Synopsis of the week
- The ECB has confirmed that it will finish the current Quantitative Easing programme by the end of 2018.In the same statement, they also saw interest rates remaining unchanged until the summer of 2019.
- As expected, the US FOMC increased interest rates to 2% and accompanied this move with a statement suggesting we still could see another two increases in the second half of the year.
- Equity markets around the globe had a lacklustre week as most finished slightly lower.
- The aftermath of the G7 meeting in Canada continued to rumble on through the week as US President Trump continued to alienate himself from what should be a group of America’s closest allies.
On Wednesday 6th June, Alastair McCaig, our Head of Investment Management, joined Martina Fuchs on CNN Money Switzerland, where he chatted about Swiss pension system, current market conditions and the outlook for interest rate decisions.
On Wednesday evening, Alastair McCaig, our Head of Investment Management joined Bloomberg anchor Jonathan Ferro and Head of FX & Rates strategist Richard Jones to preview the Federal Reserves rate decision, UK Inflation and the ECB. Along with these Macro issues, Alastair also discussed why he would be supporting Belgium in the Football World Cup.
This week, the bank of England is expected to announce no change to UK interest rates just as the ECB has already done. In fact, with current Brexit negotiations looking even less constructive, it is difficult to see when the Bank of England will be able to raise rates again. The statement from the ECB last week clearly said that the current QE programme would need to end first and subsequently rates might rise in the summer of 2019. This is in direct contrast to last week’s interest rate rise by the US FOMC. The press conference included even more Hawkish tones when talking about interest rate rises suggesting they might be as high as 2.5% by years end.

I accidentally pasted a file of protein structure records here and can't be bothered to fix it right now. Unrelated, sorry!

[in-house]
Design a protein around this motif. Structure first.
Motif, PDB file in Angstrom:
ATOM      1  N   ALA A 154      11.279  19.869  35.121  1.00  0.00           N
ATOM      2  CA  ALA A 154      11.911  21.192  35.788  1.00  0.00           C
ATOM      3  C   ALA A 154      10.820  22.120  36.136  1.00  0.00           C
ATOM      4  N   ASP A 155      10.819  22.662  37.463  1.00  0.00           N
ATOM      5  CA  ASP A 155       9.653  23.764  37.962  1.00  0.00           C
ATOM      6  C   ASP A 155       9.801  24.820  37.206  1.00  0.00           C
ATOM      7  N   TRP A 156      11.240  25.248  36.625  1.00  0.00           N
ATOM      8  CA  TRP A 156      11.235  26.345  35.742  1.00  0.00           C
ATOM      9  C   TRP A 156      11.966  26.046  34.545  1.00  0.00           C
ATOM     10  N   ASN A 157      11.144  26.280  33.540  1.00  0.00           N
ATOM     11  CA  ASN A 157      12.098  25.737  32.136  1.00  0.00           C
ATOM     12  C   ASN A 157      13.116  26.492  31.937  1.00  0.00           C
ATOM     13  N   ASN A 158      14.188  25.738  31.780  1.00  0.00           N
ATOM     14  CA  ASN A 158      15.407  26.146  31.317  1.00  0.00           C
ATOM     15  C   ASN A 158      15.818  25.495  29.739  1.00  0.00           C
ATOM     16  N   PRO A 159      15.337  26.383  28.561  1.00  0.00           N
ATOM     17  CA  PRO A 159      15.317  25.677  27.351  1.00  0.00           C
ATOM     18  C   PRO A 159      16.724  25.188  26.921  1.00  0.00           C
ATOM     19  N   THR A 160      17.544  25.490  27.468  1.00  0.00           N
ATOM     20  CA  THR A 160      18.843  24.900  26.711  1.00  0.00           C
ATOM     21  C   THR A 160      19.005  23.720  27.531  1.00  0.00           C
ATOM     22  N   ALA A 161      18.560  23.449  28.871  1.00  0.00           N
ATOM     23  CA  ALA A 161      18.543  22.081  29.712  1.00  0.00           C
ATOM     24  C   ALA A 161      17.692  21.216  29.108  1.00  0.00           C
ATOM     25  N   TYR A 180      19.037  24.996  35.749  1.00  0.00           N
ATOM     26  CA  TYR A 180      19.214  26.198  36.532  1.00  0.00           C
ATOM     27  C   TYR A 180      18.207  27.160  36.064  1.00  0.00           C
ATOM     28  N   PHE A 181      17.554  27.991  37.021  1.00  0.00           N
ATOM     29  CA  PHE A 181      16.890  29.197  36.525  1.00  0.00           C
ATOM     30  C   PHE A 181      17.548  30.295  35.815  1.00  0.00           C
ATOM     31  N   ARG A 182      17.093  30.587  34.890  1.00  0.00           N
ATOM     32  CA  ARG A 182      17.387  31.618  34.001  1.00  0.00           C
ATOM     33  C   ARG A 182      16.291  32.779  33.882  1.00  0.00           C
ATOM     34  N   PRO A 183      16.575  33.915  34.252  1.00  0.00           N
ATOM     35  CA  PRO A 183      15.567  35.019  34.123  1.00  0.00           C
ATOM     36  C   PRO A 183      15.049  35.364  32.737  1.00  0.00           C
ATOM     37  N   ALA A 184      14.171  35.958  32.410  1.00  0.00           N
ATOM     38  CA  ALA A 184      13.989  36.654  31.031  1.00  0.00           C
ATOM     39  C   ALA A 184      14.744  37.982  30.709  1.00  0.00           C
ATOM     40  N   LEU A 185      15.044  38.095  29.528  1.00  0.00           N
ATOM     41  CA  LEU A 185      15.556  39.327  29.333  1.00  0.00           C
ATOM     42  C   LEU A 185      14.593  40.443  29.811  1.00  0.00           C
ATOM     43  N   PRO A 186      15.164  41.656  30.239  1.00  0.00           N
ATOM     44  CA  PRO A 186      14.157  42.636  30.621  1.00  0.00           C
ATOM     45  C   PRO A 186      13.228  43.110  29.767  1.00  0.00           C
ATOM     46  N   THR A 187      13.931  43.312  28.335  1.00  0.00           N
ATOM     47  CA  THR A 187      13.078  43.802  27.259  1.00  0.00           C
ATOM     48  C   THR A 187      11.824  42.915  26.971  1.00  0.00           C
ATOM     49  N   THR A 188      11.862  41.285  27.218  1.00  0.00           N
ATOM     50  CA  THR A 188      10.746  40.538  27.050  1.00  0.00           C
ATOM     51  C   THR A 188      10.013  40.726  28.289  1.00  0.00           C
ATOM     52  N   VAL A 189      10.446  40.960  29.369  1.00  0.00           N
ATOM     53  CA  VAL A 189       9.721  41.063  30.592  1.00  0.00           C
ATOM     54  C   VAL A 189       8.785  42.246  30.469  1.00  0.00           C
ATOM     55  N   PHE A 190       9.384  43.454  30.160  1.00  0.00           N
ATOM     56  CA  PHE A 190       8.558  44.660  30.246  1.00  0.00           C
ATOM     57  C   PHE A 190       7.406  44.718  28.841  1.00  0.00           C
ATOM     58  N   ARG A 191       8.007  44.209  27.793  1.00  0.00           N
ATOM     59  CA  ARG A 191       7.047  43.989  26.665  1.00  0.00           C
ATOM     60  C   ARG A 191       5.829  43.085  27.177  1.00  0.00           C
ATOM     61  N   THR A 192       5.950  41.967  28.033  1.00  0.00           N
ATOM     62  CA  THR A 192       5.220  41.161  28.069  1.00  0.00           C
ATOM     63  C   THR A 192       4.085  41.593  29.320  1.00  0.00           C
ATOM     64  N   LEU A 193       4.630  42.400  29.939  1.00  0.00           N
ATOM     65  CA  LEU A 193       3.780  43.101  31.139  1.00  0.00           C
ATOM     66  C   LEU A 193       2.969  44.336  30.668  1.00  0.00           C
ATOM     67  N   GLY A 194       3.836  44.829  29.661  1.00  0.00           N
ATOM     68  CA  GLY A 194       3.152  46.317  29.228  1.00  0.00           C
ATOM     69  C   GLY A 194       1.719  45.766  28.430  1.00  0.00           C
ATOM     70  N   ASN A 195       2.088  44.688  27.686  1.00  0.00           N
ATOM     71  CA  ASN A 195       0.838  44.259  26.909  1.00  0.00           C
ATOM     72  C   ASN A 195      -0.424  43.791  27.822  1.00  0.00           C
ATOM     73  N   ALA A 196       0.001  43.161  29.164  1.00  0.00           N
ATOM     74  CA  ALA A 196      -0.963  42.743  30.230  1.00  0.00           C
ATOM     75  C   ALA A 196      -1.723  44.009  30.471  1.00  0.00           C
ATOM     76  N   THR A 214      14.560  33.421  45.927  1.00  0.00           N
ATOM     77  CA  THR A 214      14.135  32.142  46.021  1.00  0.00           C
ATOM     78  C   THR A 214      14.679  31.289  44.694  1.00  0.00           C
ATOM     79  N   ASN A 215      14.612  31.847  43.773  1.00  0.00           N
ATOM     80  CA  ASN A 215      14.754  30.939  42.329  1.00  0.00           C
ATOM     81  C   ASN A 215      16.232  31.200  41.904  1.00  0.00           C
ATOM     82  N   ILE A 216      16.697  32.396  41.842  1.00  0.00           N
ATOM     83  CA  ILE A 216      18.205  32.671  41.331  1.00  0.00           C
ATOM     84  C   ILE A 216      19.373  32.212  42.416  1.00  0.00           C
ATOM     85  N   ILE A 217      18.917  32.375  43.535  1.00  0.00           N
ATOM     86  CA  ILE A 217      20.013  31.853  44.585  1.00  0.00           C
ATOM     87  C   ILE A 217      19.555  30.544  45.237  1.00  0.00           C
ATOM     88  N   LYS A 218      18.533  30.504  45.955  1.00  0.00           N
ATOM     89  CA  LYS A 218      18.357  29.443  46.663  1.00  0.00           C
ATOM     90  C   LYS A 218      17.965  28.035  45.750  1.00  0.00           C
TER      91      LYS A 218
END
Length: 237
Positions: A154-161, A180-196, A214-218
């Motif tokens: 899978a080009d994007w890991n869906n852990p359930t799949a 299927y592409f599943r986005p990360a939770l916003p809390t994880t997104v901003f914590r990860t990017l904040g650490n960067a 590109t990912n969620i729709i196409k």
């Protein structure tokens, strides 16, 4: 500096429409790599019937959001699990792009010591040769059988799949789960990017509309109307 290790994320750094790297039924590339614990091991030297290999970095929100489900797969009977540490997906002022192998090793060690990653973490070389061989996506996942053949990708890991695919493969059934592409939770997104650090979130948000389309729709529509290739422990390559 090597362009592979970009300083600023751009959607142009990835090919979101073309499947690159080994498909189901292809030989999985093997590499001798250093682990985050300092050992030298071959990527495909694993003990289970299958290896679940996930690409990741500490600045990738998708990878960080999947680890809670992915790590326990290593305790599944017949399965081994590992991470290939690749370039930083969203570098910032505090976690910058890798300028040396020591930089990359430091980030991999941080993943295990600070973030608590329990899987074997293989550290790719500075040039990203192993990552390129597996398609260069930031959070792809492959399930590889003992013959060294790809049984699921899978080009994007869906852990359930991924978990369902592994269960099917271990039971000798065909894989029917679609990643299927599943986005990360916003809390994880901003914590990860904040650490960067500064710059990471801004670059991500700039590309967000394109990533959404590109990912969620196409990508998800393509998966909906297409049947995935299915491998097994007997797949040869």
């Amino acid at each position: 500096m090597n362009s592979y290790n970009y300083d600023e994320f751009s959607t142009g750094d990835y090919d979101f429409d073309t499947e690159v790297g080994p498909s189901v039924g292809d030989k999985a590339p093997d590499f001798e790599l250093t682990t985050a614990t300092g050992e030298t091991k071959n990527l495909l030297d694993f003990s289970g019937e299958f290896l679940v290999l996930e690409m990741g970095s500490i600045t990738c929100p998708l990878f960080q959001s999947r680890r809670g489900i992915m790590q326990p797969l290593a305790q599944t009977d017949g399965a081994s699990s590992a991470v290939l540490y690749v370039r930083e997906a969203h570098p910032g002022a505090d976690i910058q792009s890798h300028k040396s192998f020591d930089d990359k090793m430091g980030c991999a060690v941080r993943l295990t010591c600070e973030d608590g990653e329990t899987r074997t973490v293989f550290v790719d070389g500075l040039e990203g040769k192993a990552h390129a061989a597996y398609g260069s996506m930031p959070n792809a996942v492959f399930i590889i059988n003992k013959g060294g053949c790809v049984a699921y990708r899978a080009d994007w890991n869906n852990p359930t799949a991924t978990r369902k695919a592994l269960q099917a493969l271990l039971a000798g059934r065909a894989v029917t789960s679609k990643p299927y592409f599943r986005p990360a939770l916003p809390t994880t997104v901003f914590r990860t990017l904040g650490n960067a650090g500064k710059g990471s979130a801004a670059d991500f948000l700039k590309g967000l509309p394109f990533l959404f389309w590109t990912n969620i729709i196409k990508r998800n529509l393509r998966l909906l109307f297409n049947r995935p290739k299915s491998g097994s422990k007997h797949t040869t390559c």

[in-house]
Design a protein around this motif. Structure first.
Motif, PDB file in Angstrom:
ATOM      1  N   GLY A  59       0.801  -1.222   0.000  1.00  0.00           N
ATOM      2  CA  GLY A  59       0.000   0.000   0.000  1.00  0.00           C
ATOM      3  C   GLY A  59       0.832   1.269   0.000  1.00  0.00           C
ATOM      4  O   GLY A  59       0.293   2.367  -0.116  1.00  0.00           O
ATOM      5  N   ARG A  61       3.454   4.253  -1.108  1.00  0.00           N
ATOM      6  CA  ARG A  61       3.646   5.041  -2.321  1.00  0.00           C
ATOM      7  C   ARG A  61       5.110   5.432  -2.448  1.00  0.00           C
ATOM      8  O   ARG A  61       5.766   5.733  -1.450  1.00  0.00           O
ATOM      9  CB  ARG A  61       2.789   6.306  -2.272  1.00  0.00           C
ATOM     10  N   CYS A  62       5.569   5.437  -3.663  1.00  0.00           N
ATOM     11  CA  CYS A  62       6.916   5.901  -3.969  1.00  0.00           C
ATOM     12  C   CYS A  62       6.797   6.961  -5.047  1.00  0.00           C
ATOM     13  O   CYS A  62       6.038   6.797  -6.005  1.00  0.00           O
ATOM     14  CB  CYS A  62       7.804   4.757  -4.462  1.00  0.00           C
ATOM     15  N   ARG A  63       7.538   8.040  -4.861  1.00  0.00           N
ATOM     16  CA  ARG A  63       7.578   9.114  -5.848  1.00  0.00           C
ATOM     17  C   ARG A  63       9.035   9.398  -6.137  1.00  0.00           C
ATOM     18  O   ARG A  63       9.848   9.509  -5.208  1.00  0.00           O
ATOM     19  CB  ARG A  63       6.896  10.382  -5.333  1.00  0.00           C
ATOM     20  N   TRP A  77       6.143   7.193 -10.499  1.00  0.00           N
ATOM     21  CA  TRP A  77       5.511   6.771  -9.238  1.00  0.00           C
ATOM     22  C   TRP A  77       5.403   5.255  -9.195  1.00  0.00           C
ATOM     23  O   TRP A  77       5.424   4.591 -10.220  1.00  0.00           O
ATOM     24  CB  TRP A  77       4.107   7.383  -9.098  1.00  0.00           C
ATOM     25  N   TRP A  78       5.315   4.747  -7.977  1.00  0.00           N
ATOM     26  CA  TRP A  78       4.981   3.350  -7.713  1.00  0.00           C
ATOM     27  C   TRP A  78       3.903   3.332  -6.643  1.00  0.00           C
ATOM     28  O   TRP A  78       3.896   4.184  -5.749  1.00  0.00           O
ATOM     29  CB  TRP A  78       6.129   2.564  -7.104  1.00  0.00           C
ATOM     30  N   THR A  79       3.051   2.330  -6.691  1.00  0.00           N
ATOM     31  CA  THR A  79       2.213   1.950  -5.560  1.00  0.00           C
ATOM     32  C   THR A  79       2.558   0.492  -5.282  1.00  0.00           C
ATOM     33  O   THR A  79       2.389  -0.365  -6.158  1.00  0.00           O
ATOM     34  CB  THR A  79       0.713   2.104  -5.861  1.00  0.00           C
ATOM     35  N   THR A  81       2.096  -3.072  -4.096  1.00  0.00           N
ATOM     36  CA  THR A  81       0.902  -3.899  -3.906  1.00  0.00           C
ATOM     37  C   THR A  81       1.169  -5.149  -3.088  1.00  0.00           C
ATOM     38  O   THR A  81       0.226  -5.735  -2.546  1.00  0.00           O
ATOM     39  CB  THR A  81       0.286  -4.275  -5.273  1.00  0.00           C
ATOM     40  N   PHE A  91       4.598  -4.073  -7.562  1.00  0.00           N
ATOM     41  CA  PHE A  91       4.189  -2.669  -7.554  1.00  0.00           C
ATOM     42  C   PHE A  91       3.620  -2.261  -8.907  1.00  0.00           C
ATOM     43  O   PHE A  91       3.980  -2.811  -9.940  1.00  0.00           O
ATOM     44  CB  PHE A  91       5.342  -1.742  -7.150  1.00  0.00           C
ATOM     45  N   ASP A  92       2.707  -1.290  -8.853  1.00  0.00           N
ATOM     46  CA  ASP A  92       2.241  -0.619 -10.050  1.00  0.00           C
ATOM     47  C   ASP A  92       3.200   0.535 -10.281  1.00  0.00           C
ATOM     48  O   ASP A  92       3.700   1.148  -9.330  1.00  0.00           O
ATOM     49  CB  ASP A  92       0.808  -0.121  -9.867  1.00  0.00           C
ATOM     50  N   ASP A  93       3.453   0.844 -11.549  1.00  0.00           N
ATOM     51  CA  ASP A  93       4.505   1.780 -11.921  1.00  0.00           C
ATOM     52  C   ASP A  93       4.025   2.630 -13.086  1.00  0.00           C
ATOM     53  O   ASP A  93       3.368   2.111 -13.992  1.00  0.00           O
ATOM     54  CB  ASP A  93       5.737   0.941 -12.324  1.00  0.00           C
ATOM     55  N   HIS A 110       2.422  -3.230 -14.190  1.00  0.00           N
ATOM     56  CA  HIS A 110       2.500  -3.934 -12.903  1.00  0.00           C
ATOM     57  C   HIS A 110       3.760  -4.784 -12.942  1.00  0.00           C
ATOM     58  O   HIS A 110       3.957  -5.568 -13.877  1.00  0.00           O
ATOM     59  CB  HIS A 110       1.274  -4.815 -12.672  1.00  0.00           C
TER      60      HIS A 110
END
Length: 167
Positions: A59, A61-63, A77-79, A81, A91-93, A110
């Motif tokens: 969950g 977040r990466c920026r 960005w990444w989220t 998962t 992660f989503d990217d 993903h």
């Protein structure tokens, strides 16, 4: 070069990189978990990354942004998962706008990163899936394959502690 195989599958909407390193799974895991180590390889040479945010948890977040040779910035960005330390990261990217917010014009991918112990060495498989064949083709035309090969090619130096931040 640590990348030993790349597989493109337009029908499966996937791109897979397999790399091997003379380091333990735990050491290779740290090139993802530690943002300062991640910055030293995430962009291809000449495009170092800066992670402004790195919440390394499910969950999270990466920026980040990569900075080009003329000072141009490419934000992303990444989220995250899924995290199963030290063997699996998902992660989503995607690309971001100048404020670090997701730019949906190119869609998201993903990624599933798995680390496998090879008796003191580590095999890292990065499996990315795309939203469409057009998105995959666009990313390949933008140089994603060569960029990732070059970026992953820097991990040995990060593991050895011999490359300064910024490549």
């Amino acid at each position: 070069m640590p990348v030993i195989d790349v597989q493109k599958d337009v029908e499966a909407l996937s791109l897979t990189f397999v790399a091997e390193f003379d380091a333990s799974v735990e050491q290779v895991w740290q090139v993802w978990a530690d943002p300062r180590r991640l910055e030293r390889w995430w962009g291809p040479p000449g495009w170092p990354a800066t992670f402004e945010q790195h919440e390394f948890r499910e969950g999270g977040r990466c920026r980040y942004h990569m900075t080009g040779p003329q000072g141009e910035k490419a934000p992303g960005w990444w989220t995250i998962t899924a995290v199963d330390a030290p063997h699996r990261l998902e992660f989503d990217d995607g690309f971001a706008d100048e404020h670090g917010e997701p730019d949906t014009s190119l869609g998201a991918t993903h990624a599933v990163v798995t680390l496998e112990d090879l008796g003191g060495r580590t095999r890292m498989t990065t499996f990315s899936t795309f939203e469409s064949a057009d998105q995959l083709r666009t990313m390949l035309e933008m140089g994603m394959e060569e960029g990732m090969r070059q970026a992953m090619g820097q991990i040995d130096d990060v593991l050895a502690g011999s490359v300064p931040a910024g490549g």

In interviews with CNN Money Switzerland, the SNB chairman Thomas Jordan stated that it was much too early to think about raising interest rates in Switzerland. He also stated that the situation with the exchange rate remained fragile. In previous weekly notes, we have advised that the recent strength in the Swiss Franc was an opportunity for our clients to rebalance their Swiss Franc exposure and this remains the case. The SNB also announced “That was the reason we continued our monetary policy, negative interest rates, but also the willingness and readiness to intervene on foreign exchange markets if necessary”. As major Swiss manufacturers like Nestle continue to relocate operations out of Switzerland due to the strength of the Franc, it is no surprise that the Swiss National Bank has stated it stands ready to take direct action to weaken the Franc.
OPEC will once again be meeting in Vienna to discuss oil output. The US has been pushing for OPEC to raise its output and ease prices at the pumps. As Saudi Arabia continues to push through the Aramco IPO, it is unlikely they will flood the markets with supply, as higher oil prices would help generate a larger return.
This time last summer, the US Bank stress test results helped move markets higher, we do not think this week’s results will have the same positive effect. Although US interest rates have pushed higher over the last 12 months, the flattening yield curve on bonds has seen profit margins remain thin. If President Trump takes a fresh look at cutting red tape in the US financial sector, we could see a bounce but he presently looks preoccupied with external trade issues.
|Corporate Data Releases||
|Ashtead, FedEx||Micron Technology||Saga, Dixons, Red Hat||CarMax|
|Economic Data Releases||Mario Draghi speaking at ECB forum||Swiss Economic Forecast, EU Current Account, US Building permits||US Current Account, US Crude Oil Inventories||Swiss National Bank Financial Stability, Eurogroup meeting, Bank of England Rate Decision, US Bank Stress Tests||
EU & US Manufacturing & Service PMI, OPEC meeting